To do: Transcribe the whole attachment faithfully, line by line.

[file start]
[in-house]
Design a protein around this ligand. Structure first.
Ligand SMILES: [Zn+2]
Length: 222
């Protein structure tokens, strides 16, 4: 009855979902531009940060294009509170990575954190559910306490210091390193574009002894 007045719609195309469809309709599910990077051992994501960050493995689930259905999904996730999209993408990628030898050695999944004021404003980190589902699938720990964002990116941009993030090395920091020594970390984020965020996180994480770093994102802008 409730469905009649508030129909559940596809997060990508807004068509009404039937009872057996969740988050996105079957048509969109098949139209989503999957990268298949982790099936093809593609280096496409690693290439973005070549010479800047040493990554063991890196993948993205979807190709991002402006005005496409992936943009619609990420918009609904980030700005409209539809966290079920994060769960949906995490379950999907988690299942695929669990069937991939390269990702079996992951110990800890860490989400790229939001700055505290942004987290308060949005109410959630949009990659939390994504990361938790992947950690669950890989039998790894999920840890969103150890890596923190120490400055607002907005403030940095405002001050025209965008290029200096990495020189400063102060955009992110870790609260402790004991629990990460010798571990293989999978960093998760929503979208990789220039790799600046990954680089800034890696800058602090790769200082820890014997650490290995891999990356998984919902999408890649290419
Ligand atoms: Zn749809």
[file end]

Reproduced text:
[in-house]
Design a protein around this ligand. Structure first.
Ligand SMILES: [Zn+2]
Length: 222
């Protein structure tokens, strides 16, 4: 009855979902531009940060294009509170990575954190559910306490210091390193574009002894 007045719609195309469809309709599910990077051992994501960050493995689930259905999904996730999209993408990628030898050695999944004021404003980190589902699938720990964002990116941009993030090395920091020594970390984020965020996180994480770093994102802008 409730469905009649508030129909559940596809997060990508807004068509009404039937009872057996969740988050996105079957048509969109098949139209989503999957990268298949982790099936093809593609280096496409690693290439973005070549010479800047040493990554063991890196993948993205979807190709991002402006005005496409992936943009619609990420918009609904980030700005409209539809966290079920994060769960949906995490379950999907988690299942695929669990069937991939390269990702079996992951110990800890860490989400790229939001700055505290942004987290308060949005109410959630949009990659939390994504990361938790992947950690669950890989039998790894999920840890969103150890890596923190120490400055607002907005403030940095405002001050025209965008290029200096990495020189400063102060955009992110870790609260402790004991629990990460010798571990293989999978960093998760929503979208990789220039790799600046990954680089800034890696800058602090790769200082820890014997650490290995891999990356998984919902999408890649290419
Ligand atoms: Zn749809």